MOSCOW - Chinese Prime Minister Li Keqiang will meet Russian leader Vladimir Putin on Tuesday as Moscow, struggling with its deepest isolation since the end of the Cold War, seeks to deepen a key relationship.
The two nations on Monday pledged to increase efforts to promote a just world order as Li and his counterpart Dmitry Medvedev signed dozens of deals ranging from energy to finance.
They included an agreement to open a yuan-ruble swap line worth 150 billion yuan (S$31 billion) in an apparent bid to reduce dependence on the US dollar.
Li's first visit to Russia as prime minister comes at a sensitive time, with the Kremlin locked in a battle of wills with Washington and Brussels over the Ukraine, and with its economy shaken by several rounds of Western sanctions.
Accused by Kiev and the West of stoking a bloody insurgency in eastern Ukraine, Russia hopes intensified cooperation with Asia will help it ride out EU and US sanctions.
Russia's ruble on Monday slumped to new all-time lows against the euro and dollar despite the central bank spending billions to defend the currency as the spillover from the Ukraine crisis and falling oil prices pummel the economy.
The ruble dropped to 51.27 to the euro, breaking through a previous low seen in March in the wake of Moscow's annexation of the Black Sea peninsula of Crimea from Ukraine.
'Vast potential' for ties
After his talks with Li in Moscow, Medvedev said the two countries should think many moves ahead.
"My colleague Mr Prime Minister just recently noticed that our peoples like to play checkers and chess. And those who think strategically play checkers and chess well," Medvedev told reporters.
"And also those who think about the future play well, that is why we should think about the future, developing our relations for years to come." Li also resorted to allegory, saying Russia's famous nesting doll symbolised huge joint opportunities.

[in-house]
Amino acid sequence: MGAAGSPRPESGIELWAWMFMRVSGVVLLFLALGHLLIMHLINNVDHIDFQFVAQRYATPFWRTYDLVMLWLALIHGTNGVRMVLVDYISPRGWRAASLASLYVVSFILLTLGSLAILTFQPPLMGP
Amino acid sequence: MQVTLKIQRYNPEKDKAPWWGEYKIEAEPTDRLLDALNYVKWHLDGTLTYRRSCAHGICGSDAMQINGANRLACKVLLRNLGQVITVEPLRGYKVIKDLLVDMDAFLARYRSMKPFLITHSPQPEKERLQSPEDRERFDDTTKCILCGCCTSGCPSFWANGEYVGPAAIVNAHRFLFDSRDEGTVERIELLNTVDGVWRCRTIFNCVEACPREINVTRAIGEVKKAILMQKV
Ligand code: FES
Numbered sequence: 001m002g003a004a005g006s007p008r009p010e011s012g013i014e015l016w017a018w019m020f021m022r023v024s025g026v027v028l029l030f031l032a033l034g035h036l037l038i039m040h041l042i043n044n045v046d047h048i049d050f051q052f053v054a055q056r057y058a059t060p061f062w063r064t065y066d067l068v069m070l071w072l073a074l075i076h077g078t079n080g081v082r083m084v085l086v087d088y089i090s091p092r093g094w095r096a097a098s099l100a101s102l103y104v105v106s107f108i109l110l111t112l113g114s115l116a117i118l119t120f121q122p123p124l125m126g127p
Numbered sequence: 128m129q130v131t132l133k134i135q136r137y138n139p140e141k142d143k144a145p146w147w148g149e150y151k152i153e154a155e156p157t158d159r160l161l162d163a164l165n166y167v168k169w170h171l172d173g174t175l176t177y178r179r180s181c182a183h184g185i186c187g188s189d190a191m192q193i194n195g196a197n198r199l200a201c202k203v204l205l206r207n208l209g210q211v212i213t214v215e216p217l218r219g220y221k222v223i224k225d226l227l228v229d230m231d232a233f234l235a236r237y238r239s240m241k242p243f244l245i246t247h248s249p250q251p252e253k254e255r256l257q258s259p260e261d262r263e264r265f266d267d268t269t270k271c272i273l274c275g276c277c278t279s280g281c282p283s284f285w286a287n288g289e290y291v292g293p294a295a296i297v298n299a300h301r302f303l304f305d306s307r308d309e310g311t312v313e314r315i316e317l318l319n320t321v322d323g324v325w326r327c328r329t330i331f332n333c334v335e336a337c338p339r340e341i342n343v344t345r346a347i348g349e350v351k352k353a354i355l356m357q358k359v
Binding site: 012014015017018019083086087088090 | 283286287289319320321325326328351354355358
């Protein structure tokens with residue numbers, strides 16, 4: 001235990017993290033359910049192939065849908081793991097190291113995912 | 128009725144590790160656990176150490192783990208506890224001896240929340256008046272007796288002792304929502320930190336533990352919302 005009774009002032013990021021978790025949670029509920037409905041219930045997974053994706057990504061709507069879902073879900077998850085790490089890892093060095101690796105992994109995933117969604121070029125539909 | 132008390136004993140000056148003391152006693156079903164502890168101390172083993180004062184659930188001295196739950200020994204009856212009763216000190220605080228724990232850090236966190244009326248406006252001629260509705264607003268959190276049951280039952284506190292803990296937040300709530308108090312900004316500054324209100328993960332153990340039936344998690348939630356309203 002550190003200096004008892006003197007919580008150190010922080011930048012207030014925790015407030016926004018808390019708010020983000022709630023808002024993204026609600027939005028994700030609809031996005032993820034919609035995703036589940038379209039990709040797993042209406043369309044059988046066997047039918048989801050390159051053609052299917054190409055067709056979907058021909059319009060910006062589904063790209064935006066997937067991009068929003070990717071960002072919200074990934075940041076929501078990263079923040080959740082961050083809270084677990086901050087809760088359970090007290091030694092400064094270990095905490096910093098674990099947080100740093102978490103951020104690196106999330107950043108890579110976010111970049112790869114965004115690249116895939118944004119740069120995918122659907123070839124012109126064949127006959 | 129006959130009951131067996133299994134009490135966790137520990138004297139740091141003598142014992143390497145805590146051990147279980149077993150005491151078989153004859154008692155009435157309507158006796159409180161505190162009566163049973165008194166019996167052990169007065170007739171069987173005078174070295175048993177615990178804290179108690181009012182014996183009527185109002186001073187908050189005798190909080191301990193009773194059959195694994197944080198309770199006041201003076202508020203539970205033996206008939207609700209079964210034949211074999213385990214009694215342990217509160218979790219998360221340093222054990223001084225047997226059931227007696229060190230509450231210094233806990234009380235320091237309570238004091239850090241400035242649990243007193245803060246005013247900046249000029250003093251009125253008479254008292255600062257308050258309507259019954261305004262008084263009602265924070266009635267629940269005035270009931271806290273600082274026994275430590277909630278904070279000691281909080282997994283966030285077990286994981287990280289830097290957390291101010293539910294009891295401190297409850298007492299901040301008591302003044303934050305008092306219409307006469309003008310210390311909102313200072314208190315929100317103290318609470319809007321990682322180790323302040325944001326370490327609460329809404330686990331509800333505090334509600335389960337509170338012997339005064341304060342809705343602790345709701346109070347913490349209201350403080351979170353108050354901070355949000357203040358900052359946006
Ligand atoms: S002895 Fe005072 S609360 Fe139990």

"I believe that the matryoshka symbolises the vast potential for cooperation between China and Russia," he said.
"Both countries are full of determination to develop eternal friendship and together defend peace and stability in the region and the world on the whole." Besides talks with Putin Tuesday, Li will attend an economic forum in Moscow with Medvedev.
The two countries also agreed to jointly celebrate the 70th anniversary of the defeat of Nazi Germany in World War II next year, a hugely symbolic date in Russia.
Li said the goal of the festivities would be, among other things, to "protect international justice and international order after the war." China has spoken out against Western sanctions against Russia and has called on all sides to reach a political settlement over Ukraine.
China a much-needed ally
Li's three-day Russia trip is part of a week-long visit to Europe.
Once bitter foes during the Cold War, Moscow and Beijing have over the past years ramped up cooperation, driven by a desire to counterbalance US global dominance.
The two nations often work in lockstep at the UN Security Council, using their veto power as permanent council members to counter the West on issues such as the Syria crisis.
Russia's showdown with the West over Ukraine has given Moscow a new impetus to court Beijing.
Resource-hungry China is seeking to diversify its sources of energy amid booming domestic consumption, while Russia is seeking to tap fast-developing Asian markets.
After a decade of tough negotiations China and Russia inked a 30-year, $400-billion agreement in May that will eventually involve 38 billion cubic metres of gas annually.
Critics however disparaged the terms, saying that Putin, in his bid to spite the West, signed a lopsided agreement that favoured China.
Ahead of his Moscow visit, Li travelled to Germany for talks with Chancellor Angela Merkel. He will also participate in a summit in Milan later this week.